Eli and Edythe Broad have not yet met a building they don’t want to see their names on. Do they have the right? Of course. Is it right? Obviously, I think not.
I believe great art museums enrich us all, Jew, non-Jew, atheist, communist, you name it. I am a member of LACMA and my family and I regularly visit area art museums.
But if my enjoyment of art is at the expense of securing the long-term viability of the Jewish people, then I can live without it. I simply can’t equate the two as being morally equivalent.
The Broads have done plenty for the art world. Enough! Time for them to step up and bolster the many worthy Jewish causes.
Some may question whether or not God notes the difference in charitable giving. All I can say is that the God described in the Torah most certainly does—if that matters to the Broads or any other ‘genetic’ Jews.
What, you may ask is a ‘genetic’ Jew? A human whose DNA says s/he is Jewish, but whose behaviors would argue otherwise.
After 8 years of prosperity under President Clinton, we have, in the following 8 years, become bogged down in two wars; we are in a recession brought about by the policies of our lying, incompetent, Republican Administration and supported by a Republican-Controlled Congress; our Constitution has been weakened by the loss of Habeus Corpus, unchecked government spying and torture. For these reason alone the Republicans should not be returned to power. However, John McCain supported all of these Bush Policies, and ran one of the worst campaigns ever, showing that he is largely now inept.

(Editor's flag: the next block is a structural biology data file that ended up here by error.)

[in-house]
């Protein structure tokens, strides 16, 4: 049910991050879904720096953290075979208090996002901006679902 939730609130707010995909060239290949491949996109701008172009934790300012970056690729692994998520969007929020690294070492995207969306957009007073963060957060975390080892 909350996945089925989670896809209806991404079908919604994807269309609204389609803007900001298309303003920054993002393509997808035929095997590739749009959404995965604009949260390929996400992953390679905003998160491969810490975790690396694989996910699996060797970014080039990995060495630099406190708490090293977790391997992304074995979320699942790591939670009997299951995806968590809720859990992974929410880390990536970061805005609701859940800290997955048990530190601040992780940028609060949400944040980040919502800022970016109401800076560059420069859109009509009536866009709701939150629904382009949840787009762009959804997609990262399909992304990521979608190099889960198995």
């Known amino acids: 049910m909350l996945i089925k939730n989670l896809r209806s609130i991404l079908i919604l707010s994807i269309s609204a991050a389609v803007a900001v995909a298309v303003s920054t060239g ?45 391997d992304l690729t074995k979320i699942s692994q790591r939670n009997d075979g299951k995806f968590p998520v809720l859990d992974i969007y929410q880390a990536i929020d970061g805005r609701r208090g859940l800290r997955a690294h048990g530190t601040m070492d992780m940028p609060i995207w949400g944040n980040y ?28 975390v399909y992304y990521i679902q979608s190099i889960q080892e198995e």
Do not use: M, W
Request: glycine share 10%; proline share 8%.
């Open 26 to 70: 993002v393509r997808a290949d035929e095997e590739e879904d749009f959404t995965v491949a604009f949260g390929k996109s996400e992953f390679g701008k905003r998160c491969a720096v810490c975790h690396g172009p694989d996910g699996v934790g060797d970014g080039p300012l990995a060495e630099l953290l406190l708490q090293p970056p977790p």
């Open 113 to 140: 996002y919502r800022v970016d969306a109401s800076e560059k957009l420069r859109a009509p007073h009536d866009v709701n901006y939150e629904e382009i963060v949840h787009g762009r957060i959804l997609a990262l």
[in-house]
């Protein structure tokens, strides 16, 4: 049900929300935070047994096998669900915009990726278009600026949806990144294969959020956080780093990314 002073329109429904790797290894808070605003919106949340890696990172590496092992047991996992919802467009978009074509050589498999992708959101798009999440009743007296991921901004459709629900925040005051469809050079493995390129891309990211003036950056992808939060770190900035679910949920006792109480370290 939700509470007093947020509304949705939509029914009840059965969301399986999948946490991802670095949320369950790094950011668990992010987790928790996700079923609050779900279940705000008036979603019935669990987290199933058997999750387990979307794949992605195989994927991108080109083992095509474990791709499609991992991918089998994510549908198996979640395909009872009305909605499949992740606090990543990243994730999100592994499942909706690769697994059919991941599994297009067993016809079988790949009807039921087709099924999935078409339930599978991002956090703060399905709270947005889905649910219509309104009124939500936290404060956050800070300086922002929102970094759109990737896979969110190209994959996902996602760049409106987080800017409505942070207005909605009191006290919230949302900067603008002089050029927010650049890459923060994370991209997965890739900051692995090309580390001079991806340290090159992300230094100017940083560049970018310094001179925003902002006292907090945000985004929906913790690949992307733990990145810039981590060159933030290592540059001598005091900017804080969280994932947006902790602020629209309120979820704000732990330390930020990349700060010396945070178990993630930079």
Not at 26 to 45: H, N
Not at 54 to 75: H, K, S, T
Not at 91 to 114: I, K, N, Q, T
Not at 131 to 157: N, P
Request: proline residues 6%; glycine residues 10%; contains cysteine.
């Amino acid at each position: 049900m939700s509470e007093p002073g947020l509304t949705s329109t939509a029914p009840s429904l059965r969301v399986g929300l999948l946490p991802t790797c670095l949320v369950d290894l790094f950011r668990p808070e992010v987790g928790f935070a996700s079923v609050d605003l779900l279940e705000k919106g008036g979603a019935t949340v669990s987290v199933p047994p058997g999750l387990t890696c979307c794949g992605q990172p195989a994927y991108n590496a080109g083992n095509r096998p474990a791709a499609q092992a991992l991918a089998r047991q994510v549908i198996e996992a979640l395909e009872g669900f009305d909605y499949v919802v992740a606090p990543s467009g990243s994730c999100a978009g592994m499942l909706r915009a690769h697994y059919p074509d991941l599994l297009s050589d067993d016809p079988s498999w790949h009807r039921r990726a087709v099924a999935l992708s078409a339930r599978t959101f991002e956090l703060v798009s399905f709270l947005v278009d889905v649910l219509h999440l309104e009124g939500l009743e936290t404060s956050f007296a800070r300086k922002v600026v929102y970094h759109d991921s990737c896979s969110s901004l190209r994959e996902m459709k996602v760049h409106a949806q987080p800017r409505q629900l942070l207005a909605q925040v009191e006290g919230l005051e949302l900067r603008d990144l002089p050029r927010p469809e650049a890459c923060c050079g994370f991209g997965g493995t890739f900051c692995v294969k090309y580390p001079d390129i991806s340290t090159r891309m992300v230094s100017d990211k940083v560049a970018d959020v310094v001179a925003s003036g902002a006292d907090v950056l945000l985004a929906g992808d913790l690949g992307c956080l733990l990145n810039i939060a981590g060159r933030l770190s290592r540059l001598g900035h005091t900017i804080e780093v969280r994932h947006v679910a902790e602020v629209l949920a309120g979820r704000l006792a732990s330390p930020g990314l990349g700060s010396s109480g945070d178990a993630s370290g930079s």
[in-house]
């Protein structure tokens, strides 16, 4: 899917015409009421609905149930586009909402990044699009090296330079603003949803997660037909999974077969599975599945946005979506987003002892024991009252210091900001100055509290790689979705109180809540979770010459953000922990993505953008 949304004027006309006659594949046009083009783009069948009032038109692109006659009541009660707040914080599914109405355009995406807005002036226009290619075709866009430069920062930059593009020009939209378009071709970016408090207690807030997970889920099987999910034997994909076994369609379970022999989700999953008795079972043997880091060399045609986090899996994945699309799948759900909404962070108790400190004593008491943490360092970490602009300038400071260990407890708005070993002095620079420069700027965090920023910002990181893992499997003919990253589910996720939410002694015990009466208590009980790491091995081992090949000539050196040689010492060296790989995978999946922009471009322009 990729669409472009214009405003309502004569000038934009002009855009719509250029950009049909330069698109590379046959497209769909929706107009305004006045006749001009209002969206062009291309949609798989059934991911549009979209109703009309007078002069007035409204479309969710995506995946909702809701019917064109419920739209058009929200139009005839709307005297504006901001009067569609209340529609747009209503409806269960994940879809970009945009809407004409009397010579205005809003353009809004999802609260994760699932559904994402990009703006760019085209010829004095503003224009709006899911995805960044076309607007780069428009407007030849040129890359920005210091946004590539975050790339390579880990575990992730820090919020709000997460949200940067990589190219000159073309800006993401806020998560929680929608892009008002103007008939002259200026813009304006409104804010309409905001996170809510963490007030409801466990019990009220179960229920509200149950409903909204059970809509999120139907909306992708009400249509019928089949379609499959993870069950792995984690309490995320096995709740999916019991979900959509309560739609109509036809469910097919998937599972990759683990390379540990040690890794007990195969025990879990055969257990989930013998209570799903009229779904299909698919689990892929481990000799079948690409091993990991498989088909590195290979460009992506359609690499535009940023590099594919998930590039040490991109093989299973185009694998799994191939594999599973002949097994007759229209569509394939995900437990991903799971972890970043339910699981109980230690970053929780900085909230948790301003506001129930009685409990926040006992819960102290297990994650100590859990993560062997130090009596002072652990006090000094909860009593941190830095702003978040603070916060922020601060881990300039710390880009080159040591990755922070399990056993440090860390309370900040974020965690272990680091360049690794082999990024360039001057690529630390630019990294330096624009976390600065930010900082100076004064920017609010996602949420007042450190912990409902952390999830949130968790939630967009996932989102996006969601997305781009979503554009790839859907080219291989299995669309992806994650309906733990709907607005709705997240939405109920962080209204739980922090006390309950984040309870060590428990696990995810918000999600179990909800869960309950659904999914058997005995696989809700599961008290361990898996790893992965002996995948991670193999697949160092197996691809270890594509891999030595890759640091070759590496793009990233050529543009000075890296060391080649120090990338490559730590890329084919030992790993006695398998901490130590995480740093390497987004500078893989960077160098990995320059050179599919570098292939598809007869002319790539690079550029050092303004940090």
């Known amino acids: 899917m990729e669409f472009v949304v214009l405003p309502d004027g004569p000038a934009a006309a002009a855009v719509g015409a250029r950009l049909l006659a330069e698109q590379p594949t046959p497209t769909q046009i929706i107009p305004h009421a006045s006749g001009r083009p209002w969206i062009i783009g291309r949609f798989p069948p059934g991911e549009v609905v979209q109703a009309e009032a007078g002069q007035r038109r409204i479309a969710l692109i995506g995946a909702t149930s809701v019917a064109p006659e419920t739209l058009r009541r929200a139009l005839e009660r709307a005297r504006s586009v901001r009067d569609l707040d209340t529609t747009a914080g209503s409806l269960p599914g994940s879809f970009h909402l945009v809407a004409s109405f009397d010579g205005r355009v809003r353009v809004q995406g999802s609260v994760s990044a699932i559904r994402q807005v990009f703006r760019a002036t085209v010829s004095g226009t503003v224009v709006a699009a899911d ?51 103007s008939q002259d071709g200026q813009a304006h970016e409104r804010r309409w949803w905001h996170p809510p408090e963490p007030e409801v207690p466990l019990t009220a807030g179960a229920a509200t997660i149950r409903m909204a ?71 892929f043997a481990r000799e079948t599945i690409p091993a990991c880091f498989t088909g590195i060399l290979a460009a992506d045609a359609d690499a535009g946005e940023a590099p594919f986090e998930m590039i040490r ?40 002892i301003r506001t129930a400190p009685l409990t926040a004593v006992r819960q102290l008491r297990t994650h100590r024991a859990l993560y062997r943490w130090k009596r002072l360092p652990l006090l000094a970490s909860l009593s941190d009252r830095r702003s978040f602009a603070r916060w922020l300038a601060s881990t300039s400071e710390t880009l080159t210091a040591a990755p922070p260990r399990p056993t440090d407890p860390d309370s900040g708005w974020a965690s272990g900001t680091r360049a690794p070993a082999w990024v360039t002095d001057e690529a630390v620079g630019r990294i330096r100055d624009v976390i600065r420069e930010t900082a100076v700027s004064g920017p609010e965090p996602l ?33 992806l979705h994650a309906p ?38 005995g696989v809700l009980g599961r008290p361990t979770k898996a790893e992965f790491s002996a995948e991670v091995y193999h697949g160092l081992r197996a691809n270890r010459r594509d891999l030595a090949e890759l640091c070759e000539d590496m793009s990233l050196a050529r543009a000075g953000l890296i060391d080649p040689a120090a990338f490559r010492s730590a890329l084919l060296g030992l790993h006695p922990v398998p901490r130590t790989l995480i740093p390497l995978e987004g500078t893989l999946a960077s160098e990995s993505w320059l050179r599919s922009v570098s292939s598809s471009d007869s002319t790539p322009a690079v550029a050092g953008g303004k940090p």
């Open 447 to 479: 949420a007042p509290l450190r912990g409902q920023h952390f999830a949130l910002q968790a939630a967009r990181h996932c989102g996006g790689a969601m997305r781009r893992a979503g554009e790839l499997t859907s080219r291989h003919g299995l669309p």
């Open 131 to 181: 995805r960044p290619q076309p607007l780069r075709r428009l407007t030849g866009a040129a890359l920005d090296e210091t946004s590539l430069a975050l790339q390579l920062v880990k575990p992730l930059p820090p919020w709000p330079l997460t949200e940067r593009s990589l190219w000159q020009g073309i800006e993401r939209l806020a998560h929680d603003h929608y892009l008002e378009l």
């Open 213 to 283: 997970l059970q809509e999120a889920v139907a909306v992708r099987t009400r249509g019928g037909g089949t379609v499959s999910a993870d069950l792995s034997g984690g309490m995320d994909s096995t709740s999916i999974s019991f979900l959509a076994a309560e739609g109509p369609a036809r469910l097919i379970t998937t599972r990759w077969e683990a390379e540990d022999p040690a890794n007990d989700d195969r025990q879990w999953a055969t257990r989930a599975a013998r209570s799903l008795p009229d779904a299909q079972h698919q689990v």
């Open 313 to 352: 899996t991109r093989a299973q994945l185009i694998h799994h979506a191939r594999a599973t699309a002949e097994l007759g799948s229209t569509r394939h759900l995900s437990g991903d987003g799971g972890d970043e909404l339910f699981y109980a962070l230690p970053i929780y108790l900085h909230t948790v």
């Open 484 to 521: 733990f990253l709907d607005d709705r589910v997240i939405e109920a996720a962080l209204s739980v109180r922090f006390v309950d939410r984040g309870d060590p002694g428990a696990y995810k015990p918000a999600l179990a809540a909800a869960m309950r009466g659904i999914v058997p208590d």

I just read Dean Rotbart's brilliant tongue-in-cheek apology for the Jewish vote for Barack Obama. The tip-off, of course, was his naming of Ann Coulter, Sean Hannity and Mike Gallagher as deserving of an apology.
These talking heads -- with Rush Limbaugh -- have committed one of the worst of Jewish sins, i.e., malicious gossip. Rotbart even repeats some of them in his positive take on guilt by association and fear-mongering.